It started with one jaunt to the beach where I saw a guy in a crowd at a concert. He was wearing one of these vintage tees proclaiming a softball league in my hometown! I live hours away from the beach, and my hometown is not famous. I told the guy about the coincidence and he agreed to trade shirts with me (yes, he was drunk, but who was I to argue?). I was wearing a basic solid colored slim fitting tee from The Gap so I was happy to make the trade (okay, maybe I was drunk too). The rest of the night, I wore the shirt of a stranger and never got so many compliments or flirtations!
Once I “destroyed” the denim skirt, I was addicted. I took all my jeans that were “not quite right” and experimented on them. The hems were frayed, the pockets distressed. “Whiskers” were drawn on the front. It was fun, and it made clothes that were collecting dust seem new and fresh.
I had to go to the Middle of Nowhere for a work-related training seminar. As I was driving home from BFE I passed a thrift store. I used to frequent thrift stores in college, when grunge was big and we were all searching for that elusive perfect pair of 30 year old broken-in jeans to wear with our flannels. I thought maybe, just maybe I may find a cute vintage shirt or some other random gem.
I found some fun shirts in the Boys section. Tee shirts that were bought as souvenirs from foreign lands. Soccer and lacrosse jerseys with names and numbers and team logos on them. Some looked worn, some looked too new. I bought them all, with my total only being $7 (and that included a gorgeous pearl grey Ann Taylor merino v-neck that looked brand new!!!).
I Googled ways to make shirts look “vintage,” and found some recipes on YM magazine (I know, I am thirty and getting fashion hints from preteens… I told you I am different in the summer!). Dependent on the shirt being 100% cotton, or 50% poly, the recipes called for water, tons of salt, some bleach, and waiting several days while the garments soaked in the solution out on my deck.
The recipes didn't really work. The solution for the 50/50 shirts caused the shirts to literally fall apart and disintegrate into the bucket. The ones for 100% cotton shirts made them look a bit more worn, but not the soft worn-in look I desired.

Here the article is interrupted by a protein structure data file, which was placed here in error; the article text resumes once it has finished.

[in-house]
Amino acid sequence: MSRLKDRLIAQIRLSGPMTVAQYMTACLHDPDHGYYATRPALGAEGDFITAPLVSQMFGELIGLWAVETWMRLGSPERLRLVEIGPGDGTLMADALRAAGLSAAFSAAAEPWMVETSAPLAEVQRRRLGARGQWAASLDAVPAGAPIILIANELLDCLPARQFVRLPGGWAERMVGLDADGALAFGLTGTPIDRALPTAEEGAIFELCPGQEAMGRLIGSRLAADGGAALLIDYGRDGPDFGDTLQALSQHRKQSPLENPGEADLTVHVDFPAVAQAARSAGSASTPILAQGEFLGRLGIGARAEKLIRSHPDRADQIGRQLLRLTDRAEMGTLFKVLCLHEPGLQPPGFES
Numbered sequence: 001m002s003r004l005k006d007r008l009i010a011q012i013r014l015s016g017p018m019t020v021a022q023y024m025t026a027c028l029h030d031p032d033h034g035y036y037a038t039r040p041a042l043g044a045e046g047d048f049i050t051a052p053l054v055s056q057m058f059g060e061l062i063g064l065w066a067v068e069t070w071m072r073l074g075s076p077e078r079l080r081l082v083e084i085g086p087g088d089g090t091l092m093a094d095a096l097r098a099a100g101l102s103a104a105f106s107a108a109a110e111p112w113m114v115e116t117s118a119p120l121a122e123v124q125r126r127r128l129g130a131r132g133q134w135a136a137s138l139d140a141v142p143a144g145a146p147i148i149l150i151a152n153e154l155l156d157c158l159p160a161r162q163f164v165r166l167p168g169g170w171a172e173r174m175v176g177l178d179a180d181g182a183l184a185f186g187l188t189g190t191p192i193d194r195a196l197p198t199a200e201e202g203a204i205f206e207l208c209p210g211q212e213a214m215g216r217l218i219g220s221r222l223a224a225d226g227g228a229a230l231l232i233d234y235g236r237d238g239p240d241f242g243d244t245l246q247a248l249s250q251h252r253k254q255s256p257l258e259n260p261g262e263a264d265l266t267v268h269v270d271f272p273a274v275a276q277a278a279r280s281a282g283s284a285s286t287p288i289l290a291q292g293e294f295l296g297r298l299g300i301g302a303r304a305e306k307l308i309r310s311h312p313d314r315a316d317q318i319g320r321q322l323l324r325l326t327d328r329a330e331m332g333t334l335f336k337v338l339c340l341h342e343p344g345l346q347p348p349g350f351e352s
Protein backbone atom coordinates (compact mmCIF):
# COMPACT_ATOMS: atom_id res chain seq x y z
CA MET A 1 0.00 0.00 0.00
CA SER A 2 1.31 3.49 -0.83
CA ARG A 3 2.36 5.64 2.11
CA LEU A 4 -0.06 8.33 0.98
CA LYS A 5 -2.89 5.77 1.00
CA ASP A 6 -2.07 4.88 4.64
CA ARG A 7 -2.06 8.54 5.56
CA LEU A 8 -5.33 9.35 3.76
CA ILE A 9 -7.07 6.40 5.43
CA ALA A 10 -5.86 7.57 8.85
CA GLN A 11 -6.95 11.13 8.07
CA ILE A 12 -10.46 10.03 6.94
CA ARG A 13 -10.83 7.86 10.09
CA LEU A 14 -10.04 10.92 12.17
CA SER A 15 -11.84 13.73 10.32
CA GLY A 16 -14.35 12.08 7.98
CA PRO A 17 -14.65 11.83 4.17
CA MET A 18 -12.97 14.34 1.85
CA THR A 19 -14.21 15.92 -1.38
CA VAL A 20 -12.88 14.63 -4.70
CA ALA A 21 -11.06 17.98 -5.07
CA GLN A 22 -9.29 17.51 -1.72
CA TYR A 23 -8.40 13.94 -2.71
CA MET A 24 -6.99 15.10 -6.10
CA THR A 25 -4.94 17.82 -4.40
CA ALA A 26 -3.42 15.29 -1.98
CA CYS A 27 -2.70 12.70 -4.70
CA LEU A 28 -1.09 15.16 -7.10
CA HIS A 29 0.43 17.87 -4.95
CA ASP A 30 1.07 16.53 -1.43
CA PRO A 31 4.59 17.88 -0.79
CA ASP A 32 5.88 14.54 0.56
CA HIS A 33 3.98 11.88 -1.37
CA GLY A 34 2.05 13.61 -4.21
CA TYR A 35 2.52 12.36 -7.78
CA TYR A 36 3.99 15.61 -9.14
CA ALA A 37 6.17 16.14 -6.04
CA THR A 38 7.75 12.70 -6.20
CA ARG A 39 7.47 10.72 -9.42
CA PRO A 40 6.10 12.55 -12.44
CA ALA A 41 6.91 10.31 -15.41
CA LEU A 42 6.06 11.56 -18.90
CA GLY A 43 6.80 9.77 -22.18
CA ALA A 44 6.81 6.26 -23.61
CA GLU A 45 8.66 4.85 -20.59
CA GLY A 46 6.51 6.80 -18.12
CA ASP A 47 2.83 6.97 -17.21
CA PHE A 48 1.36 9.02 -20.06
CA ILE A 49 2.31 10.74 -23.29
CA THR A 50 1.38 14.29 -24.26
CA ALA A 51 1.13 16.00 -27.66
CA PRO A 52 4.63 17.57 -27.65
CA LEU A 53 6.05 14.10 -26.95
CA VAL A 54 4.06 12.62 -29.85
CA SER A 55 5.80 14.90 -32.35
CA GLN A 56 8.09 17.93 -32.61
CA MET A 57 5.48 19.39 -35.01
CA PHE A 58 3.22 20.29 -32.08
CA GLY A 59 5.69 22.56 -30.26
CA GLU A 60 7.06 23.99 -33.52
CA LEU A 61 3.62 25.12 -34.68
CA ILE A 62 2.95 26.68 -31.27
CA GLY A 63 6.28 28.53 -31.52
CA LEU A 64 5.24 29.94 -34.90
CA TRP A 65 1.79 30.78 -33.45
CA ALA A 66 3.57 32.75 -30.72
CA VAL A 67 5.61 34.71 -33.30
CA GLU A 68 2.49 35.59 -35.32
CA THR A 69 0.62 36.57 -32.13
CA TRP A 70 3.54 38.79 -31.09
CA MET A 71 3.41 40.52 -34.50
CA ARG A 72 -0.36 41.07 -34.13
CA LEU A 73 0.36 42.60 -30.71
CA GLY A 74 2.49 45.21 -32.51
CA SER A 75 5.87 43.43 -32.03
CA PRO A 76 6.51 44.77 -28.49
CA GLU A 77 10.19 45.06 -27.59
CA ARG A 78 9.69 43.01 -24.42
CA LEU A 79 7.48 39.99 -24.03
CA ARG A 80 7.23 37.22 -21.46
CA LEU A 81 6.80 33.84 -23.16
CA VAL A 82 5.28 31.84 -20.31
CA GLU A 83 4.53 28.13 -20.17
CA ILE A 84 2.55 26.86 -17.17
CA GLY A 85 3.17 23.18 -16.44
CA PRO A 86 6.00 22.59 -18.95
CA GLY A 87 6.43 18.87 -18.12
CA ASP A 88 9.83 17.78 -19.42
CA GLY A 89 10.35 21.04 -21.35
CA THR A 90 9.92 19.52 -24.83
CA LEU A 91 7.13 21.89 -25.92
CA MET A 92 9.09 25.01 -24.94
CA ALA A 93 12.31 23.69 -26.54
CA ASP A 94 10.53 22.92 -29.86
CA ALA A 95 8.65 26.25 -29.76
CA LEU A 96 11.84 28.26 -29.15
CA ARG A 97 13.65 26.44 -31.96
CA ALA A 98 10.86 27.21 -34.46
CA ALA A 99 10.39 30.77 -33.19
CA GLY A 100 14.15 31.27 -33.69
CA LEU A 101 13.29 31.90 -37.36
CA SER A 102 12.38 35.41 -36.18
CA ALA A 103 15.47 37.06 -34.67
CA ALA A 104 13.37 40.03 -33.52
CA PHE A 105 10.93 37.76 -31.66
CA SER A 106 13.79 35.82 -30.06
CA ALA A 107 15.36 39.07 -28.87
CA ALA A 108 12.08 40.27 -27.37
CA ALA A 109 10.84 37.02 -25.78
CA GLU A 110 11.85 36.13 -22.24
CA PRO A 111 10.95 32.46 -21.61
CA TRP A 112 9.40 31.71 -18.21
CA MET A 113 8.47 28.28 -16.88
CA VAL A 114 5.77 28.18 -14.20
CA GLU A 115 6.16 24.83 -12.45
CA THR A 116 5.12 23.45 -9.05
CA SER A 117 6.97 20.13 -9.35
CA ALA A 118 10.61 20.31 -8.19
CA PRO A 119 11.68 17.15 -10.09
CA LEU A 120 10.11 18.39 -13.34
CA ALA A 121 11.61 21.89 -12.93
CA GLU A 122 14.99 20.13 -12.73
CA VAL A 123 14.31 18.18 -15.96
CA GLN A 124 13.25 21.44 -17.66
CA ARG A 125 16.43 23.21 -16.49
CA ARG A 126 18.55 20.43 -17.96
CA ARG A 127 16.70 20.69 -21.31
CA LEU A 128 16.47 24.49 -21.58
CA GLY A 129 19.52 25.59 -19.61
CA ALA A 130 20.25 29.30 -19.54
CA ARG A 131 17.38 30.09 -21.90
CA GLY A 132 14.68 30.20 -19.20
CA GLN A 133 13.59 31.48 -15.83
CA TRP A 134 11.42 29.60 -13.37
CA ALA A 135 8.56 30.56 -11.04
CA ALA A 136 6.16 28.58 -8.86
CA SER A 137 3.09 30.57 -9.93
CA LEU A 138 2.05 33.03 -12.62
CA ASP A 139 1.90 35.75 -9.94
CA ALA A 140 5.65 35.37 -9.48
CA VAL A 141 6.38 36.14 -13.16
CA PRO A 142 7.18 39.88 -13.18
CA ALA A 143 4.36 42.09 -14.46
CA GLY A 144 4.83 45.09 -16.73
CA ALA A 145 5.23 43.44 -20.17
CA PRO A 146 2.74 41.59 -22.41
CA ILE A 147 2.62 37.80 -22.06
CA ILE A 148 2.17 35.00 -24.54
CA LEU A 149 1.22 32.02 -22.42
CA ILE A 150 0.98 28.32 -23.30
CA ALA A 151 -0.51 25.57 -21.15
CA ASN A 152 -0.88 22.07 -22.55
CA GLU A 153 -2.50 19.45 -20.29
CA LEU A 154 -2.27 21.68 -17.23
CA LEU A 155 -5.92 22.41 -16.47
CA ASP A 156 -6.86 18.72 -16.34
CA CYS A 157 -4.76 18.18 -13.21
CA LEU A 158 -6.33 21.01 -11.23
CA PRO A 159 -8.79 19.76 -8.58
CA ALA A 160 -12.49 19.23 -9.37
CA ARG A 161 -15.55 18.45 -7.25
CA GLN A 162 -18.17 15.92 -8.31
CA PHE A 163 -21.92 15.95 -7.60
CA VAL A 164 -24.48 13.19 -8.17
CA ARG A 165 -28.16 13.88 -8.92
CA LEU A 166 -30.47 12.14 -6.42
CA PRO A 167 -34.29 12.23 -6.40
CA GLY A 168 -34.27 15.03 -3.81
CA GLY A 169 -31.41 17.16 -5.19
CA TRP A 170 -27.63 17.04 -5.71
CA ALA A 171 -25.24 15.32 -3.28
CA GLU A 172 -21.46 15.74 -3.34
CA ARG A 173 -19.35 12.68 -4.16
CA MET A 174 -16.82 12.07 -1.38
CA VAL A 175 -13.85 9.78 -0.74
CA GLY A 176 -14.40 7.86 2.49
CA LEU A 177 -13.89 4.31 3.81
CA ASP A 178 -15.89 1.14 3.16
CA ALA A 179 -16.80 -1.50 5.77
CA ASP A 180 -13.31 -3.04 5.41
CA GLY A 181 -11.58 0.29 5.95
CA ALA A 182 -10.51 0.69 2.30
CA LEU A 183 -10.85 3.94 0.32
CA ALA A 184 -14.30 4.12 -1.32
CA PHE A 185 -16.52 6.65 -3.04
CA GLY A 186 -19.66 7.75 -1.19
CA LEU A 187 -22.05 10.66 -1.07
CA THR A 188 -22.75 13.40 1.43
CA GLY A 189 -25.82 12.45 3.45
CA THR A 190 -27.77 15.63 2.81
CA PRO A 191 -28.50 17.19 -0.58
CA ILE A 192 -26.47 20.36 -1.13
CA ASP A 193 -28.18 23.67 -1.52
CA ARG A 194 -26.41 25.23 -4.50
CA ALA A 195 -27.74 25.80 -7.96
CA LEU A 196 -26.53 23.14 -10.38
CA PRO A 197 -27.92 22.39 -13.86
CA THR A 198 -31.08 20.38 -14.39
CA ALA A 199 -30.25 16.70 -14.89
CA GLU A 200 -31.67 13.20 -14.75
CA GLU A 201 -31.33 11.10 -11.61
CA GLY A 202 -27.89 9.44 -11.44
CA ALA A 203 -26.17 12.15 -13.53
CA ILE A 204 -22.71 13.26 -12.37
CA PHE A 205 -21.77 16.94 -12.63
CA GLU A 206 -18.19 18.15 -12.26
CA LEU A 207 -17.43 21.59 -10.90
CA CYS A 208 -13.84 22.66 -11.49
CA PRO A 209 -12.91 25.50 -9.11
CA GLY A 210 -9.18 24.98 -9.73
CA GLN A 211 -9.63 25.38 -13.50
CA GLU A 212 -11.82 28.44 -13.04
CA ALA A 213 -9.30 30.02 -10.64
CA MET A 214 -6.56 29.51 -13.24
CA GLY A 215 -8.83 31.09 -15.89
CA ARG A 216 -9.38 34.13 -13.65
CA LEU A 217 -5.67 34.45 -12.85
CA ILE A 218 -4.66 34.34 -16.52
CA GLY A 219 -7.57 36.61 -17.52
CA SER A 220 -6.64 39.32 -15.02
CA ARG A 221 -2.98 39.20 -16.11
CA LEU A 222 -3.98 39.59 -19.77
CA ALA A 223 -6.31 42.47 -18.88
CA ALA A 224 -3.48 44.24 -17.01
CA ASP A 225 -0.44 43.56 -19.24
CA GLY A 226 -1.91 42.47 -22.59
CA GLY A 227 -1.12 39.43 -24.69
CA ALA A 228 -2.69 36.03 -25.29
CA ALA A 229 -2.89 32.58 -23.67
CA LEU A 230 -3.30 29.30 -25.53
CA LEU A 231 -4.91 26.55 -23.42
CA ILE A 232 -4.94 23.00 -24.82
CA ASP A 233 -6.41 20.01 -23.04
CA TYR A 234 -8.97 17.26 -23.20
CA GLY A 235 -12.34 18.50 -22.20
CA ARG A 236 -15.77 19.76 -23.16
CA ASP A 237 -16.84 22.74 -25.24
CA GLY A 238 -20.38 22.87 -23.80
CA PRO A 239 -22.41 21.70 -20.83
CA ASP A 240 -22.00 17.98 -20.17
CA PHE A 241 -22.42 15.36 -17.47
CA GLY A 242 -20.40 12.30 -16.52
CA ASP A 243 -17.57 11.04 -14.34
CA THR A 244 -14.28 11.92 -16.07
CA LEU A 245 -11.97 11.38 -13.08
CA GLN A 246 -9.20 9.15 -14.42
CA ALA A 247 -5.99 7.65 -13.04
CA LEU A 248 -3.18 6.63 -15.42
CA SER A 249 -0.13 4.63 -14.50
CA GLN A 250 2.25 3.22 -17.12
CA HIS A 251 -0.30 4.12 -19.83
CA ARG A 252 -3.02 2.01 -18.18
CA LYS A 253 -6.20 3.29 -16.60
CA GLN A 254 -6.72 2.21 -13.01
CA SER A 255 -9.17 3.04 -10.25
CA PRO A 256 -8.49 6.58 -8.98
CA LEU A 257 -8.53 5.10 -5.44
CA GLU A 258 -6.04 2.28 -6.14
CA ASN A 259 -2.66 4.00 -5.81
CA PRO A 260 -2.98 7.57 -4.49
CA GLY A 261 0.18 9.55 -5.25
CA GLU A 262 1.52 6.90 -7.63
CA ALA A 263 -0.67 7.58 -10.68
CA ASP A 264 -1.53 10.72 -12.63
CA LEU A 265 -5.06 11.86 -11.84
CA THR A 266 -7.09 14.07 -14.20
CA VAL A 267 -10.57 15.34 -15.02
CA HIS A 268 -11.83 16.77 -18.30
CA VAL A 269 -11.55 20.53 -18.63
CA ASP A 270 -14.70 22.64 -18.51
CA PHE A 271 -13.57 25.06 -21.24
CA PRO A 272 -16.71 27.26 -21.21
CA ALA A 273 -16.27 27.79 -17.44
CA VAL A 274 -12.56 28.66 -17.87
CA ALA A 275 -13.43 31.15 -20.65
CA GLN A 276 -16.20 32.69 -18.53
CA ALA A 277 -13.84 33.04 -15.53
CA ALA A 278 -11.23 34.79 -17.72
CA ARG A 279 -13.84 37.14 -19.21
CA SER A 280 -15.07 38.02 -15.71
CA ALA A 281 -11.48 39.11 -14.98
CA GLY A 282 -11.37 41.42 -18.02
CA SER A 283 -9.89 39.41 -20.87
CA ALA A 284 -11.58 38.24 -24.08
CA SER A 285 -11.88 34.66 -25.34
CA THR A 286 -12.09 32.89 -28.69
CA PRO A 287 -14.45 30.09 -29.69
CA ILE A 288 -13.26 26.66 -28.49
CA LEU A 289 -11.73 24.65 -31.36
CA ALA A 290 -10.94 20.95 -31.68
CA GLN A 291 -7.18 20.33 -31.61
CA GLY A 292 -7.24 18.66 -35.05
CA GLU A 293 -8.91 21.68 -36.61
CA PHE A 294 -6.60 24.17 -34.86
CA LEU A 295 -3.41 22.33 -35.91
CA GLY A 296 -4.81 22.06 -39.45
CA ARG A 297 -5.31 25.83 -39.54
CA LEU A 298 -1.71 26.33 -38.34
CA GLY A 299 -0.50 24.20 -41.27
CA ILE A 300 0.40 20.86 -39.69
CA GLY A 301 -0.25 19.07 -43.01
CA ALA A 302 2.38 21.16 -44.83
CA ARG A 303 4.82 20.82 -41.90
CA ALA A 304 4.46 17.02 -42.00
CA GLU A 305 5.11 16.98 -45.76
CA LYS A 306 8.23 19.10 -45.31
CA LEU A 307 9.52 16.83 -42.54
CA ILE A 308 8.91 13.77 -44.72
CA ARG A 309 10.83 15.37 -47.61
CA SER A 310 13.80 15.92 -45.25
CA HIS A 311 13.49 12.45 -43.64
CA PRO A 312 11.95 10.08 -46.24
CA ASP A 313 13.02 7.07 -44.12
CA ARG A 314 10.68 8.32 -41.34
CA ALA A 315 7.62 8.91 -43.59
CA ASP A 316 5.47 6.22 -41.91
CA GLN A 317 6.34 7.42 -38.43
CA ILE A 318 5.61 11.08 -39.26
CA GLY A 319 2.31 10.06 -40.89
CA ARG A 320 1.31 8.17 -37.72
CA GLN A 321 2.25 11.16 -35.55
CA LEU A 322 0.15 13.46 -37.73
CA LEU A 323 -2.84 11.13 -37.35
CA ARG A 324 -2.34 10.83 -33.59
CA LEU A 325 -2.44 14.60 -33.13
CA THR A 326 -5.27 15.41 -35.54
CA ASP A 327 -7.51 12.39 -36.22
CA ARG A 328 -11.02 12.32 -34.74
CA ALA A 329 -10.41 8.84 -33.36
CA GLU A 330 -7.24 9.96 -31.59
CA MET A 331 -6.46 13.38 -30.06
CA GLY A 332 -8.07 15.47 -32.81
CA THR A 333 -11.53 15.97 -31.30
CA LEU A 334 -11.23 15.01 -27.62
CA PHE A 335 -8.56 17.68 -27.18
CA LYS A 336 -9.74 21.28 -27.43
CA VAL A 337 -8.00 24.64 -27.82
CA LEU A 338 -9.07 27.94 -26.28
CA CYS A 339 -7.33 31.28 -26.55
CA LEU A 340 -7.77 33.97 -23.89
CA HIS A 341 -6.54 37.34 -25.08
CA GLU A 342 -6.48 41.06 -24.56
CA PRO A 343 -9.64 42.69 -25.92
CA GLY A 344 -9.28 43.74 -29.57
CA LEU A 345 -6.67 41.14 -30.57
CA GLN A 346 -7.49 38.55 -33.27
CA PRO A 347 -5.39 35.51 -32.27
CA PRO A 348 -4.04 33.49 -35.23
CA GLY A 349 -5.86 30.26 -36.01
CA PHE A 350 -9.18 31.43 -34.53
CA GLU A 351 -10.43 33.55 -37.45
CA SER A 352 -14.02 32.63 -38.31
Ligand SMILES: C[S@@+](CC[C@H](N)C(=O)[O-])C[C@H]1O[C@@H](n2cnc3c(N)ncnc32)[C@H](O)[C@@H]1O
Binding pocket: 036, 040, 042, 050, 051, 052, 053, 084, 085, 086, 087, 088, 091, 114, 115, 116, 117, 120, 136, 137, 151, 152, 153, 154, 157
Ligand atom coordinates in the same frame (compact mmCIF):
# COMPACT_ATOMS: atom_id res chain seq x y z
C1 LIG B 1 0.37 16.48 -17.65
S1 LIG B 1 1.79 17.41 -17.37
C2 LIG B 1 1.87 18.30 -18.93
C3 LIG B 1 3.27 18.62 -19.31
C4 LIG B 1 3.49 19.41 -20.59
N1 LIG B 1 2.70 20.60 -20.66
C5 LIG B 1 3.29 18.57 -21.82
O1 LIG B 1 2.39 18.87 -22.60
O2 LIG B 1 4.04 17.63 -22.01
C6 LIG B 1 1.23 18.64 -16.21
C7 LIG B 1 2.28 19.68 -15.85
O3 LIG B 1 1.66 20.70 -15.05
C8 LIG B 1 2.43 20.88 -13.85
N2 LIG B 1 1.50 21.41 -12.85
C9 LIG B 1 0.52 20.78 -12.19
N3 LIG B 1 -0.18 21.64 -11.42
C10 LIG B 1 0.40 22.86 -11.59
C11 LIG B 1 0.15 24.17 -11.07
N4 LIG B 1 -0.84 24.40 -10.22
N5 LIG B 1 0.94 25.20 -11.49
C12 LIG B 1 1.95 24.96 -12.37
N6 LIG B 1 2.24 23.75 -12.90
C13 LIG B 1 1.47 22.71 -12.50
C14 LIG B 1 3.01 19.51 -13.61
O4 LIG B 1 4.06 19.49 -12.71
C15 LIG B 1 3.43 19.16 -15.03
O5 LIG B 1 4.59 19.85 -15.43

So what am I to do with these shirts? Oooh, I can cut them up and make them fit better! A v-neck soccer tee was cut to be sleeveless, a bit shorter and have a plunging v-neck. Remnants from the shirt were cut into strips and the shoulders were tied from neck to armhole to rouch the top. A tee shirt from Germany had the neck cut out to create an off the shoulder boat neck. The hems were shorn off, the sleeves slit at the top, one side slit up two inches to give the opportunity to tie the side. I really must take pictures. I am impressed with my handiwork.
Pieces I am taking to the beach:
1. Navy child's soccer jersey cut up
2. My denim skirt
3. A pair of “vintage” looking jeans
4. Pair of “Japanese premium denim” darker wash, nicer looking jeans
5. Hot pink strapless top of a silky synthetic fabric(not a tube top, it is forgiving to my tummy)
6. Jade Green spaghetti strap top of layered ruffles made from tissue-weight knit
7. White lined capris of cotton sateen
8. White “wifebeater” tank
9. Stone colored chino skirt in a denim skirt type of cut. It too was frayed a bit at the seam
10. Black lightweight off the shoulder dolman sweater
11. Red tee shirt with graphic on front, cut like previously mentioned ‘Germany” shirt, but larger so it has a more drapey look (solid black bra worn underneath with one strap showing)
12. Charcoal gray tee shirt with graphic on the front
13. A multitude of funky, chunky bracelets, dangly earrings and long beaded necklaces
14. Black J.Crew wedge flops, black fabric Reef flops, Brown and wood beaded thong sandals, tan thong heeled sandals, sneakers
14. One outfit for exercise – capri yoga pants and a slim fitted moisture-wicking tee
15. Pajamas – a tee shirt that smells like my husband and a pair of boxers
16. Two bathing suits
17. Gauzy tunic-style beach cover up and a white wrinkle resistant shirt as a coverup backup